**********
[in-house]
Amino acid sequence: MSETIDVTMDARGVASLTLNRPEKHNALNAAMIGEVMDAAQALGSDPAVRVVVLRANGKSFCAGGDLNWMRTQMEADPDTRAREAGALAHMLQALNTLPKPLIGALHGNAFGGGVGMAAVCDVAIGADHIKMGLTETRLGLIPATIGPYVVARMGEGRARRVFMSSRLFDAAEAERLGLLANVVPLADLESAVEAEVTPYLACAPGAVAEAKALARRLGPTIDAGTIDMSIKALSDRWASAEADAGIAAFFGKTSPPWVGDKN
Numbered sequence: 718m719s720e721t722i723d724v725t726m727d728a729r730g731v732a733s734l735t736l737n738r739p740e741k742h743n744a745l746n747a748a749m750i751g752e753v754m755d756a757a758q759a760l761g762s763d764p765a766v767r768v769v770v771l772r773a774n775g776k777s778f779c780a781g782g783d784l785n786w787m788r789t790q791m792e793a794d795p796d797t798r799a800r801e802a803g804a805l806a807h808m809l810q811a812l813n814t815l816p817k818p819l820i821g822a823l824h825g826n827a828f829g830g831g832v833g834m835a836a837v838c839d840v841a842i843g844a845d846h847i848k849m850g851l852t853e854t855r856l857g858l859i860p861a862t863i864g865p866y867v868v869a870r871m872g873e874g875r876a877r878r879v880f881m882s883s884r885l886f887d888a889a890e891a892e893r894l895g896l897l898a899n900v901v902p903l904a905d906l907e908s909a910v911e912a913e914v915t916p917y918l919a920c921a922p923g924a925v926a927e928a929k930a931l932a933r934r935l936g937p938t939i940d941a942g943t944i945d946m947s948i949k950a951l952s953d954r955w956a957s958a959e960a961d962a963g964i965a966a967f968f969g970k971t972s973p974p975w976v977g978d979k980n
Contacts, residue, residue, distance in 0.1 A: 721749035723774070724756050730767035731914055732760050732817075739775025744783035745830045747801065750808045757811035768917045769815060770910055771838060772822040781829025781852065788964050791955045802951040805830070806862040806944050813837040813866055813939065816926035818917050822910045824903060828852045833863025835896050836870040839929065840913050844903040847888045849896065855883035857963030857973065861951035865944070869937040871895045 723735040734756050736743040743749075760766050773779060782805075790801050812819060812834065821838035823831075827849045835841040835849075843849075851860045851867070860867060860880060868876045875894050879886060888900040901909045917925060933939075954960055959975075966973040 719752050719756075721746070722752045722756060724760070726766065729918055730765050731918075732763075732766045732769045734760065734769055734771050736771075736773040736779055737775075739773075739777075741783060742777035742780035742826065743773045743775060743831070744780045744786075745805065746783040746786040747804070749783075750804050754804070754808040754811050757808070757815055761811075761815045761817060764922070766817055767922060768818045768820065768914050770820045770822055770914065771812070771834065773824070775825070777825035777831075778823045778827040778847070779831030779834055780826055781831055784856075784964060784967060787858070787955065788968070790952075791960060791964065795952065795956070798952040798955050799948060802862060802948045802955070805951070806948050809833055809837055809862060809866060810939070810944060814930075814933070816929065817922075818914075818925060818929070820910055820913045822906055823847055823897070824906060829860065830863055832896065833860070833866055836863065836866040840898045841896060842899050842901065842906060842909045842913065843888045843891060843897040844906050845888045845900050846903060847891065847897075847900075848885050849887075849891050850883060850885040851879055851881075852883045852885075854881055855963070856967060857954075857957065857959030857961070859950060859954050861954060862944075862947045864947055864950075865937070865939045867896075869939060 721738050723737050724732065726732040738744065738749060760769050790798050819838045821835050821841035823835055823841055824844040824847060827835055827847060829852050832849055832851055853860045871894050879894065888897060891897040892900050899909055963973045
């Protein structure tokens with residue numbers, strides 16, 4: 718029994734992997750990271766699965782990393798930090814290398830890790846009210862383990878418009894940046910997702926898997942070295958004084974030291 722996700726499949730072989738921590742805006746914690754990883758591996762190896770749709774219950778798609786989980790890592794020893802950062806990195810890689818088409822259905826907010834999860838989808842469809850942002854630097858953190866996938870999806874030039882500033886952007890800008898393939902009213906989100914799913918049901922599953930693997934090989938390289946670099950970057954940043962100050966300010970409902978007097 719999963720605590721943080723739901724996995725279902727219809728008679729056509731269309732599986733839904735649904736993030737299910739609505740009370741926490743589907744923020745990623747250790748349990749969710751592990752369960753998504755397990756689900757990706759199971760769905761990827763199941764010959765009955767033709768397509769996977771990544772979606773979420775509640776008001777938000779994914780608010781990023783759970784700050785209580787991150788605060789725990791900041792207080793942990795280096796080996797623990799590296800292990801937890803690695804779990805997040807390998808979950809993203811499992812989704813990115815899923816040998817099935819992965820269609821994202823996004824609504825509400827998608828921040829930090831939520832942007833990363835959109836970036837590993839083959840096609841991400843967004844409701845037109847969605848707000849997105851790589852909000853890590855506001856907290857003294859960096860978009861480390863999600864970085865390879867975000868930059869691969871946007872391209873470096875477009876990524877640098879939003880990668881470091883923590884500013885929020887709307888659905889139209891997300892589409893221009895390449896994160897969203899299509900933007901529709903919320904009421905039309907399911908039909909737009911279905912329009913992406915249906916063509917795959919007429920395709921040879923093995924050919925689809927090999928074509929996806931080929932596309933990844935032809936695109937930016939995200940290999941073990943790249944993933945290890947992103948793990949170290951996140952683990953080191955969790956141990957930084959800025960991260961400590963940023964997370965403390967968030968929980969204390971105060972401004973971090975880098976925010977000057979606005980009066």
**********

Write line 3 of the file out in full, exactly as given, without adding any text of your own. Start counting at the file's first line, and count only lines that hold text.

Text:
Numbered sequence: 718m719s720e721t722i723d724v725t726m727d728a729r730g731v732a733s734l735t736l737n738r739p740e741k742h743n744a745l746n747a748a749m750i751g752e753v754m755d756a757a758q759a760l761g762s763d764p765a766v767r768v769v770v771l772r773a774n775g776k777s778f779c780a781g782g783d784l785n786w787m788r789t790q791m792e793a794d795p796d797t798r799a800r801e802a803g804a805l806a807h808m809l810q811a812l813n814t815l816p817k818p819l820i821g822a823l824h825g826n827a828f829g830g831g832v833g834m835a836a837v838c839d840v841a842i843g844a845d846h847i848k849m850g851l852t853e854t855r856l857g858l859i860p861a862t863i864g865p866y867v868v869a870r871m872g873e874g875r876a877r878r879v880f881m882s883s884r885l886f887d888a889a890e891a892e893r894l895g896l897l898a899n900v901v902p903l904a905d906l907e908s909a910v911e912a913e914v915t916p917y918l919a920c921a922p923g924a925v926a927e928a929k930a931l932a933r934r935l936g937p938t939i940d941a942g943t944i945d946m947s948i949k950a951l952s953d954r955w956a957s958a959e960a961d962a963g964i965a966a967f968f969g970k971t972s973p974p975w976v977g978d979k980n